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Here’s how Pakistani women get judged buying contraceptives

Here’s how Pakistani women get judged buying contraceptives



KARACHI: It’s no surprise that unwanted pregnancies occur all around the world. And to avoid these, people use different types of contraceptives – some of which, also prevent sexually-transmitted diseases from spreading. Birth control pills and condoms are some of the most common types of contraceptives used by both men and women worldwide. However, in a country like Pakistan – where even the use of the word ‘sex’ raises concerns – buying contraceptives can sometimes invite judgmental gazes. Likewise, a young girl based in Karachi, was also judged for buying emergency contraceptive pills (ECP) off the shelf. Sharing her experience, Kulsoom Masood, a 22-year-old university student, posted a status on Facebook.

She wrote, “I went to a medical store to buy ECP for my research and presentation on sexual health in Pakistan. I knew that there will be some reaction but little did I know that things will get so interesting. I went to the counter and asked ‘Sabz Sitara Ki ECP de dein’ (Please give me ECP by Sabz Sitara). The guy, who was smiling and staring at literally every lady in the line, changed his expressions suddenly. He looked at my university bag which also had a student ID card on it and started speaking to the guy next to him in Pashto.”

Kulsoom, being a Pashtun understood every word he said. She continued, ‘He said to the other guy, ‘This girl is asking for ECP, should I give it to her? She doesn’t look like a ‘bad girl’ from the way she is dressed.’ The other man replied, ‘Tell her that the tablets are very expensive.’ The same guy then came towards me and told me in Urdu that the tablets are very costly. I replied to him in Pashto, ‘Pa su dee?’ which meant, ‘How much do they cost?’ which is when both of their expressions changed.”

The 22-year-old then told them that her father was waiting in the car outside the pharmacy and she wouldn’t mind if they gave her the contraceptives in front of him. Kulsoom said that the men later apologised and gave her the pills right away. However, she did school them further in Pashto and added, “I told them, ‘You gave me the pills because I replied to you in Pashto, but normally, you would start taking advantage of such people who are in dire need of contraceptives. You’re going to tell them that they are expensive and if they can’t afford them despite that, you would only be creating problems for them.’ I also said that God has given them a responsibility of helping people out but by doing so, they’re only going against Him.”

Recalling the experience, Kulsoom explained that the stigmatization of sex and not being openly able to discuss topics related to it, has also sexualized medicines/drugs that has something to do with a sexual activity. She said, “The shopkeeper readily judged me for buying it and even though the Pakistani Government has made sure that people could get contraceptives without any prescription, women still go through judgmental eyes of shopkeepers and pharmacists.”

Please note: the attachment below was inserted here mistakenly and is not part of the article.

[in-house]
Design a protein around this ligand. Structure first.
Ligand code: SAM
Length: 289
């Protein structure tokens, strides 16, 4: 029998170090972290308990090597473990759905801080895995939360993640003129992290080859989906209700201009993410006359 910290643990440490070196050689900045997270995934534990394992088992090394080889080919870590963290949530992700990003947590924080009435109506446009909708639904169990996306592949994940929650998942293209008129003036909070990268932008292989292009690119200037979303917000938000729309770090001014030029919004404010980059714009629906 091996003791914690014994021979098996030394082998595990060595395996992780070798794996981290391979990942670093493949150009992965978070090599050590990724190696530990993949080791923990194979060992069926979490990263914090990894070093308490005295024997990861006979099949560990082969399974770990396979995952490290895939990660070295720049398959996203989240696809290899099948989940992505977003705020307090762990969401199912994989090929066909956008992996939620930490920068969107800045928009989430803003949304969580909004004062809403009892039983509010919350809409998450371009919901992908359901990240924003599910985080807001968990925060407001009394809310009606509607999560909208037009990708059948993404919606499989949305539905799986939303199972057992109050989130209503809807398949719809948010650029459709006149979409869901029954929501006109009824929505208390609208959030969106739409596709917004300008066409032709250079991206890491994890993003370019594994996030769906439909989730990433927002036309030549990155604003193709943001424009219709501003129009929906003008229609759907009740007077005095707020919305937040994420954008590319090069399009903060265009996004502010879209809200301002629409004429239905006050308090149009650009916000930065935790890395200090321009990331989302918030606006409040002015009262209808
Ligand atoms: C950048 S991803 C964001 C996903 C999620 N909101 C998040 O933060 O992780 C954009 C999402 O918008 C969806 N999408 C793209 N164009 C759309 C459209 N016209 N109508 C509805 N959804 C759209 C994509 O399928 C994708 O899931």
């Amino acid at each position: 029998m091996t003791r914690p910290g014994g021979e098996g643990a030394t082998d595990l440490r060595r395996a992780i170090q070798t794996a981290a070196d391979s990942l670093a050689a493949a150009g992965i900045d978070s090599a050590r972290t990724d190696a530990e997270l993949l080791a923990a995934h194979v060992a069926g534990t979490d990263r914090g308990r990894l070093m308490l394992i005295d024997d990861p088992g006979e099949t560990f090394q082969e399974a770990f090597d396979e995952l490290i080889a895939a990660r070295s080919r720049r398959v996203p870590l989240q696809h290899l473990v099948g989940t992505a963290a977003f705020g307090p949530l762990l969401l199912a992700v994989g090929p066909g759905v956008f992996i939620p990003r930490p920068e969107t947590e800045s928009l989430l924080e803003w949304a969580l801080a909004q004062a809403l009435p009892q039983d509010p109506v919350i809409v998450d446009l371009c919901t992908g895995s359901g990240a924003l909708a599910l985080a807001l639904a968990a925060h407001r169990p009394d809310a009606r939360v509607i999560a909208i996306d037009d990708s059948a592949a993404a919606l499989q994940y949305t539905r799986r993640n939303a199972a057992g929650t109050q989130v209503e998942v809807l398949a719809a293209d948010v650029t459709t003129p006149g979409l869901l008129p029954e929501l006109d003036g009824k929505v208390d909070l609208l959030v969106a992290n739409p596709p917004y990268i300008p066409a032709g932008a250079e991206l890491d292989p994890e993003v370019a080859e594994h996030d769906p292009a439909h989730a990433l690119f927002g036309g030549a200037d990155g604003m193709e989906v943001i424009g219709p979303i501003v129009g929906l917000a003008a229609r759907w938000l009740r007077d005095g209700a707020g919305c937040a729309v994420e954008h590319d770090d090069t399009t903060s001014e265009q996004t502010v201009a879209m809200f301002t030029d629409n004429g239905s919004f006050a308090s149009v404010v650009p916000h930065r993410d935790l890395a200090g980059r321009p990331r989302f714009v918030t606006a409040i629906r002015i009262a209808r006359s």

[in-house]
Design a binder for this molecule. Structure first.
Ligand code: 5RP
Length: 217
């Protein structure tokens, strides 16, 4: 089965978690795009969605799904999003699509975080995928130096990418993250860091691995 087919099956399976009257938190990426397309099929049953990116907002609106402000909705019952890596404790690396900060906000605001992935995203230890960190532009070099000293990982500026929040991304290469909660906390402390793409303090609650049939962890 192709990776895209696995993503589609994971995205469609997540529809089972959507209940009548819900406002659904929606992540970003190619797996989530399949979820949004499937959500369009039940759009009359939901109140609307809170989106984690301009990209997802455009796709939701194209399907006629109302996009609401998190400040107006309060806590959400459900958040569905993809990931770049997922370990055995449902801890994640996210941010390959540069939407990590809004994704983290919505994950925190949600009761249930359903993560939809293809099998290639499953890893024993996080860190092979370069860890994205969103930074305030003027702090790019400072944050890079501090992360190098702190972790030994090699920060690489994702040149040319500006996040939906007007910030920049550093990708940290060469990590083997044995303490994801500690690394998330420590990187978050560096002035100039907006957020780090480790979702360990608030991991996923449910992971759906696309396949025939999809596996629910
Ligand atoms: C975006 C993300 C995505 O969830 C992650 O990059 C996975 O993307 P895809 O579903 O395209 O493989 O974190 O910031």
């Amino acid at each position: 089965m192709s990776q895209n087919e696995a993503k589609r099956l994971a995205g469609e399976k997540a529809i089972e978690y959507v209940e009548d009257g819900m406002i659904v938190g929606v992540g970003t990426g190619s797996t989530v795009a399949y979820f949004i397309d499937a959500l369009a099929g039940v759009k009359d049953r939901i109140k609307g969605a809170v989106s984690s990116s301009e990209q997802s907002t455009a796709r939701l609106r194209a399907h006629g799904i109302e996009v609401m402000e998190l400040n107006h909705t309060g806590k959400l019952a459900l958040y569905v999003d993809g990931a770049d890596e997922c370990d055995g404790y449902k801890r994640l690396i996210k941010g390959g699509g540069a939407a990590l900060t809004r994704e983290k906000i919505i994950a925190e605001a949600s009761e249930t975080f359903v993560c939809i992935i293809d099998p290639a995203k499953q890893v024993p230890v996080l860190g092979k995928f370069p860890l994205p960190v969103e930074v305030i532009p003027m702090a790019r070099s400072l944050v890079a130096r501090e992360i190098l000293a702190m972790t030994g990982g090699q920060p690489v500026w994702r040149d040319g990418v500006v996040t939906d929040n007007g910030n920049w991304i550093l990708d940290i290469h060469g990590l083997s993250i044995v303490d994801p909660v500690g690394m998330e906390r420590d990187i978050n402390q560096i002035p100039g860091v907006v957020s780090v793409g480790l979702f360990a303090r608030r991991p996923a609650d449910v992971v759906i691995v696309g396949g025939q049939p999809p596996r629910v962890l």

New Drug Combo Wakes HIV in Order to Kill It

New Drug Combo Wakes HIV in Order to Kill It


esearchers at the Sanford Burnham Prebys Medical Discovery Institute (SBP) in La Jolla, Calif., have made a fascinating discovery which may help finally cure HIV. When the virus enters the body, it hides in certain cells where it may lie dormant for months, years, even decades. Today, antiretroviral therapy (ART) can eliminate the virus’s ability to replicate itself. But it cannot eliminate hidden viruses lying dormant in host cells—safe from the immune system. Now researchers may have found a way to wake up these latent viruses in order to kill them and eliminate the disease from the body. Though this shock and kill strategy is not new, previous attempts either have either been too weak or have caused the immune system to become overactive, which can be dangerous to the patient. This study published the journal Cell Host & Microbe, surrounds two classes of drugs. The first is called smac mimetics.

A previous class, latency reversing agents (LRAs) were thought to be effective. But according to the lead author of this latest study Lars Pache, PhD, LRAs are either not strong enough to cause an immune response, or trigger over-activity. SBP investigators first examined the genes within host cells. They isolated one gene called BIRC2. Smac mimetics block BIRC2 and all molecules associated with it. Researchers wanted to see if by eliminating this gene the virus would once again become activated, and in doing so allow the immune system to recognize and eliminate it.

Another reason HIV is hard for the immune system to spot is because it contains “tightly wound DNA.” The SBP team suggested the use of another class of drugs called histone deacetylase inhibitors. These can unwind DNA, which reveals the virus underneath for the immune system to recognize and eliminate. Researchers at SBP believe that using these two classes of drugs together could help the immune system identify and erase HIV from an infected person’s body. When testing their theory, they found that the drug combination reawakened HIV without causing the immune system to go into overdrive. The next step is for the team to work together with a drug company and bring the drug combination to clinical trials. There are still a few hurdles ahead. In the meantime, every sexually active adult should get tested for HIV at least once per year, according to the CDC. Those in at-risk groups should be tested more often. Visit a clinic, physician, or urologist if it is time to do so.shutterstock_236439424